Brecon Buff - Goose

Brecon Buff geese

Brecon Buff Details

Table bird, eggs, sometimes exhibited.
Breconshire, Wales
Medium weight
Weight, gander
9.1 kg
Weight, goose
8.2 kg

Brecon Buff Description

A hardy dual purpose breed first standardised in 1934. The Brecon Buff was the first buff geese breed to be standardised and originates from the Breconshire area of south Wales where it was developed by Mr Rhys Llewellyn. Regarded as a dual purpose breed, the bird produces a plump carcass and was traditionally said to lay 60 to 105 eggs per year, dependant on strain. When sourcing Brecon Buffs be sure to study the parent stock. True Brecon’s have a lighter build than the American Buff and pink rather than orange beak, legs and feet.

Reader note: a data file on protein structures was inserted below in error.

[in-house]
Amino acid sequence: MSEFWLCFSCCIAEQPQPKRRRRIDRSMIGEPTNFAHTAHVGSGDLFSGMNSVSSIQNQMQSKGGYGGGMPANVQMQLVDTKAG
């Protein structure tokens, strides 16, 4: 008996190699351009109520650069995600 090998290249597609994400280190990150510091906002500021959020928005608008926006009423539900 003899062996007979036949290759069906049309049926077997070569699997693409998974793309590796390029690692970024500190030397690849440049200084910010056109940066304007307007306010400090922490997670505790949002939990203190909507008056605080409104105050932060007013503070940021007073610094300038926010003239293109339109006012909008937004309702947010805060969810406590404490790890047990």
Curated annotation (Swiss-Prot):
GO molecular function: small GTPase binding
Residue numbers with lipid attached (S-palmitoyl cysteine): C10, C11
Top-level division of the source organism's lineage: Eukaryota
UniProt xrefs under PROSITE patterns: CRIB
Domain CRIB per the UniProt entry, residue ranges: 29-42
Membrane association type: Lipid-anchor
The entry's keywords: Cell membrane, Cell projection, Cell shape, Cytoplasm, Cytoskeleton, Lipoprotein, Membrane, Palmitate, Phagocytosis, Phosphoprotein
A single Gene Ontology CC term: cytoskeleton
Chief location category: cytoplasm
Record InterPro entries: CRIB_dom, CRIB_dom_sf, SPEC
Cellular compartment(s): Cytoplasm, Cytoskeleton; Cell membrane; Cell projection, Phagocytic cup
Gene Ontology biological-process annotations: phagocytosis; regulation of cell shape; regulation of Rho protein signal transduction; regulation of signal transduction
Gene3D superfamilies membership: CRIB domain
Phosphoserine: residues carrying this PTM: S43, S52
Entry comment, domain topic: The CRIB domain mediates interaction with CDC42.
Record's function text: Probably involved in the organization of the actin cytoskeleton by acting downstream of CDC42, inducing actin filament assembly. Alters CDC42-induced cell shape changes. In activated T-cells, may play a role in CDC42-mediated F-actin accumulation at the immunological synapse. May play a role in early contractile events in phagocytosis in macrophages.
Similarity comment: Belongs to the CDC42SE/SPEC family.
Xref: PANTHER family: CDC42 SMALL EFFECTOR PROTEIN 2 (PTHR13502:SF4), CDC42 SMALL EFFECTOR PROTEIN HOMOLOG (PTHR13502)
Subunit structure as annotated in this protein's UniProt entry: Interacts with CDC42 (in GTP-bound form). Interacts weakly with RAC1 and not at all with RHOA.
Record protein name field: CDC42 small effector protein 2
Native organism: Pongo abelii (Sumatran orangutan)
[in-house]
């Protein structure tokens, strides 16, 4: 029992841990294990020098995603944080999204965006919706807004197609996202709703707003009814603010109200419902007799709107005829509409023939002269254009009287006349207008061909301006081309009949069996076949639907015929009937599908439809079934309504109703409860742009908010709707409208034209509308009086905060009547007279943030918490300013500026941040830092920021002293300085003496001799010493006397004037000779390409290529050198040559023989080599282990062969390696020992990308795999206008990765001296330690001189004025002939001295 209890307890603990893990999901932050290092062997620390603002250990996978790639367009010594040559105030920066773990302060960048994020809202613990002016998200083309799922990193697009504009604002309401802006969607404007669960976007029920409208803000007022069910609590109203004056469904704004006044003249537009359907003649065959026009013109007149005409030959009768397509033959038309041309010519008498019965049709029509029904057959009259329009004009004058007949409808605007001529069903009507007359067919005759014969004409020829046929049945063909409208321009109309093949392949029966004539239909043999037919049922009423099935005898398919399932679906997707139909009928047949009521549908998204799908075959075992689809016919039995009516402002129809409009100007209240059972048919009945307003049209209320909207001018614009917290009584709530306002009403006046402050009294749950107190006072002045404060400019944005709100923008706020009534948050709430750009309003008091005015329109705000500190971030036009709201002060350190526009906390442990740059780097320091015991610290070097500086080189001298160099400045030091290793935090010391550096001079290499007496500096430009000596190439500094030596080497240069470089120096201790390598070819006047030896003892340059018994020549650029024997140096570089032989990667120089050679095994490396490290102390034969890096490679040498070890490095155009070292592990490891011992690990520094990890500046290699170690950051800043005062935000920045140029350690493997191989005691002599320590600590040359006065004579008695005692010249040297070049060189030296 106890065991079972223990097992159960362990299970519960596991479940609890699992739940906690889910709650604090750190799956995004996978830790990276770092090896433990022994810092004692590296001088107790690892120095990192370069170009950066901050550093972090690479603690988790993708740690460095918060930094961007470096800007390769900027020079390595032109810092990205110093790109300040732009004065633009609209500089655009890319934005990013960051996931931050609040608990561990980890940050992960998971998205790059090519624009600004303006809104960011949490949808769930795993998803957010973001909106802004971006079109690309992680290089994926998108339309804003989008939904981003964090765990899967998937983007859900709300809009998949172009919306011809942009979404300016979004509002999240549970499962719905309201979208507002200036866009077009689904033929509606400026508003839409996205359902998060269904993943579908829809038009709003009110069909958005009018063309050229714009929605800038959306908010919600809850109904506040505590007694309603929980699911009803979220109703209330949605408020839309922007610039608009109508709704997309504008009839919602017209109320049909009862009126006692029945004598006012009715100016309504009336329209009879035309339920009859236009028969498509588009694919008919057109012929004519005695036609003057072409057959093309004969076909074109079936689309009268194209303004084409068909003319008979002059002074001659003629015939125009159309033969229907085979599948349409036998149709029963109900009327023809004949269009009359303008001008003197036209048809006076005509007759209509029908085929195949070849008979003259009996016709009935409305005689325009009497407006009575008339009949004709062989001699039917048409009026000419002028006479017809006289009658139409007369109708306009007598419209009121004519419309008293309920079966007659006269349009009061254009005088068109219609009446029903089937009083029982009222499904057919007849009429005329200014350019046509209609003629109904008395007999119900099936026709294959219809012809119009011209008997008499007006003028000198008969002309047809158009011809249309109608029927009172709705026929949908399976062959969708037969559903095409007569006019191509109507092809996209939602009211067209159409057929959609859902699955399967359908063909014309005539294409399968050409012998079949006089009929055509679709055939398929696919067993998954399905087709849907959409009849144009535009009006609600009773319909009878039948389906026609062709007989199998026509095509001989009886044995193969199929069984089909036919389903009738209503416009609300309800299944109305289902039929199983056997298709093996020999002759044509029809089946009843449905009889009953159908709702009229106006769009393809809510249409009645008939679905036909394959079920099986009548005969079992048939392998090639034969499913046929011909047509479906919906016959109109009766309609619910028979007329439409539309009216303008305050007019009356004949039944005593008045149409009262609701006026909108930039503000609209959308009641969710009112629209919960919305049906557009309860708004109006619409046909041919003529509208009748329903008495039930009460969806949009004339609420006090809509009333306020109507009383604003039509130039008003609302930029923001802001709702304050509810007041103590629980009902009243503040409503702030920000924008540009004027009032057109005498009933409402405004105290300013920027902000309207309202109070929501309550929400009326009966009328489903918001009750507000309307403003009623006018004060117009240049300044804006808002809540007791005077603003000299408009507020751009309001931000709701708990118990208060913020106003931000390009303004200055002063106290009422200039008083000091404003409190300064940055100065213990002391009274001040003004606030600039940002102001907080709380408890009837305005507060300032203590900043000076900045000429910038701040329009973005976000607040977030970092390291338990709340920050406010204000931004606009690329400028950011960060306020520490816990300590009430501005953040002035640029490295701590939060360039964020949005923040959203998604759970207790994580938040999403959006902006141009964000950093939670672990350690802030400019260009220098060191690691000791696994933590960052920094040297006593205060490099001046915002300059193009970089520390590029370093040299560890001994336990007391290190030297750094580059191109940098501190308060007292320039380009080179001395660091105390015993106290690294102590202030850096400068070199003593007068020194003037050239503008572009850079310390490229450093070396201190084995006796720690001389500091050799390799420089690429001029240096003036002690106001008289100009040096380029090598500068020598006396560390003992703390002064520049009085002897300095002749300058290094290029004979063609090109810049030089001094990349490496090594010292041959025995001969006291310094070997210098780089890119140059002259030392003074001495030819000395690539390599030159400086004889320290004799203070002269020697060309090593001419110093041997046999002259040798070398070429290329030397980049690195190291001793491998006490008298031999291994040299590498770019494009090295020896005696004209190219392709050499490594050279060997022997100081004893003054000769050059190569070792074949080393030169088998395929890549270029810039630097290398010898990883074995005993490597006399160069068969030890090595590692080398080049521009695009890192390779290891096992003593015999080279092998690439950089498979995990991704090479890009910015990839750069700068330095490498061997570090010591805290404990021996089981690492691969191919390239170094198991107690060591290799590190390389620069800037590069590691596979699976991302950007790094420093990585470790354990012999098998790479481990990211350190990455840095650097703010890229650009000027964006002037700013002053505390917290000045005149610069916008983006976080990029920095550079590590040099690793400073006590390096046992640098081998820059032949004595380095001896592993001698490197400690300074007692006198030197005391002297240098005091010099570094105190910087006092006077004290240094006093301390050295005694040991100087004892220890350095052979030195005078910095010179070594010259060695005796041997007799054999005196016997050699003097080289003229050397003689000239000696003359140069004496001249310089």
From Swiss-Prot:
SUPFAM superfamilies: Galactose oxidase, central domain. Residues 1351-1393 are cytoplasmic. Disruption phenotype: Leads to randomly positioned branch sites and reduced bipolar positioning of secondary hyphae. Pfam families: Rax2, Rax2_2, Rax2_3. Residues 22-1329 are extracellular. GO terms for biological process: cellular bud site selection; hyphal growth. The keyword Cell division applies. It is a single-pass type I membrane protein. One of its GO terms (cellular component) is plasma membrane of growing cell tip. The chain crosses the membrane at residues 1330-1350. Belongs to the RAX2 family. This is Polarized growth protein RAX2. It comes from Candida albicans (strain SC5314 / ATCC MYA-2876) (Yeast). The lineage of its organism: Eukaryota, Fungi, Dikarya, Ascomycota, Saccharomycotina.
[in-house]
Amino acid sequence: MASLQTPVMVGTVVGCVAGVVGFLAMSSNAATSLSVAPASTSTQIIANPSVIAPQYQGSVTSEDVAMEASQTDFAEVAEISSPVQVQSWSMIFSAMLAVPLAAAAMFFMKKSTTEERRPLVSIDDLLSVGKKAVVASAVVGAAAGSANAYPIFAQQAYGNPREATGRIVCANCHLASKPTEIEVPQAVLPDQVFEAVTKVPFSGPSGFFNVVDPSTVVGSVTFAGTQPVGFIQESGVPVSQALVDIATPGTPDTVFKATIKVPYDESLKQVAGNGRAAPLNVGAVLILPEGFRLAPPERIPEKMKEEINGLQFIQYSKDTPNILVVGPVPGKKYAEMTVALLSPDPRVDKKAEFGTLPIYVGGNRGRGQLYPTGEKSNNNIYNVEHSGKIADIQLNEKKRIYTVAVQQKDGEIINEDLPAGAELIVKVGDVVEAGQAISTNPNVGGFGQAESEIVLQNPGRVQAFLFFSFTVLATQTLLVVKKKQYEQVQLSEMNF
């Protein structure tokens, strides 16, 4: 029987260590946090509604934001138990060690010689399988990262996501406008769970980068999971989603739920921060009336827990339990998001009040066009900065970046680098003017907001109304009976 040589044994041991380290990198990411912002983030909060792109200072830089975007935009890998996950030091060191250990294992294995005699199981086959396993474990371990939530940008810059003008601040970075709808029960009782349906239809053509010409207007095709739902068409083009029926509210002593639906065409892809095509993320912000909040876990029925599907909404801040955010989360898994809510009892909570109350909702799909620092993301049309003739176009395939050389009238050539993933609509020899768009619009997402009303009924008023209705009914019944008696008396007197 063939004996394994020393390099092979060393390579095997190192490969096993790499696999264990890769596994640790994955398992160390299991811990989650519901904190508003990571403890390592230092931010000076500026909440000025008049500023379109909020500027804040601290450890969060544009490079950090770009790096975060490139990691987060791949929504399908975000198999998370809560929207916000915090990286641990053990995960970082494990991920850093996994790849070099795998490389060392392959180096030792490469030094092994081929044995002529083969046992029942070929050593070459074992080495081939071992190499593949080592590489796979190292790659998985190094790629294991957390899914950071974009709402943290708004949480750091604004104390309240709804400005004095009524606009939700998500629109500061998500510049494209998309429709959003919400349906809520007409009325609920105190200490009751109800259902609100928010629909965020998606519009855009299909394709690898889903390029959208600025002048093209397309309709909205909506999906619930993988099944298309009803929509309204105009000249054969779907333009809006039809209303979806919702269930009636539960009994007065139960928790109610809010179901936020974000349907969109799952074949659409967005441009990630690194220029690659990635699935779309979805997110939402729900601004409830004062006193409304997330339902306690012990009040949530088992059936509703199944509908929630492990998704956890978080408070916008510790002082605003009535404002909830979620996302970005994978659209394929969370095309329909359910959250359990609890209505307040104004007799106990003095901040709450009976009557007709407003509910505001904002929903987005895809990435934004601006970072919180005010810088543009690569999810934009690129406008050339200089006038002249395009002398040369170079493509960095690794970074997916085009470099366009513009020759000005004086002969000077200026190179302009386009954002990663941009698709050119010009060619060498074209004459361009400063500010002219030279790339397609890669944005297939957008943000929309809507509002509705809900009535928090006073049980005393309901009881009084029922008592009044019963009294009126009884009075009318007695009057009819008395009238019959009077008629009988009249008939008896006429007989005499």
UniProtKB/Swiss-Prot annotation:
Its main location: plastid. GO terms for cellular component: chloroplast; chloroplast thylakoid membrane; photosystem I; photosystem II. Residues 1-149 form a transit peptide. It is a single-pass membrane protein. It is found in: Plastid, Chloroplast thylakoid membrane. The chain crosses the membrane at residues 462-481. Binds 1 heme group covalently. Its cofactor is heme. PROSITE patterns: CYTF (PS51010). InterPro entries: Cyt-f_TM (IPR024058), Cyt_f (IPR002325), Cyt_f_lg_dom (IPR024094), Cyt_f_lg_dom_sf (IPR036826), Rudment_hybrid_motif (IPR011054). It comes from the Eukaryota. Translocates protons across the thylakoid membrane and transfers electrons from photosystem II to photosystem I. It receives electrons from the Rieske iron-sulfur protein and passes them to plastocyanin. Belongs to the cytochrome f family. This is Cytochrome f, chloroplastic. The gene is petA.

Plumage is deep buff throughout with some pale lacing to back, wing and thigh feathers. Eyes are hazel with a pink outer eye ring called the cilium. The beak, legs and feet are pink which differs from the American Buff whose beak, legs and feet are orange. Birds have a medium length neck and a broad, well rounded and compact body, the breast is rounded and there is a dual lobed paunch between the legs. The tail is medium length and almost level.

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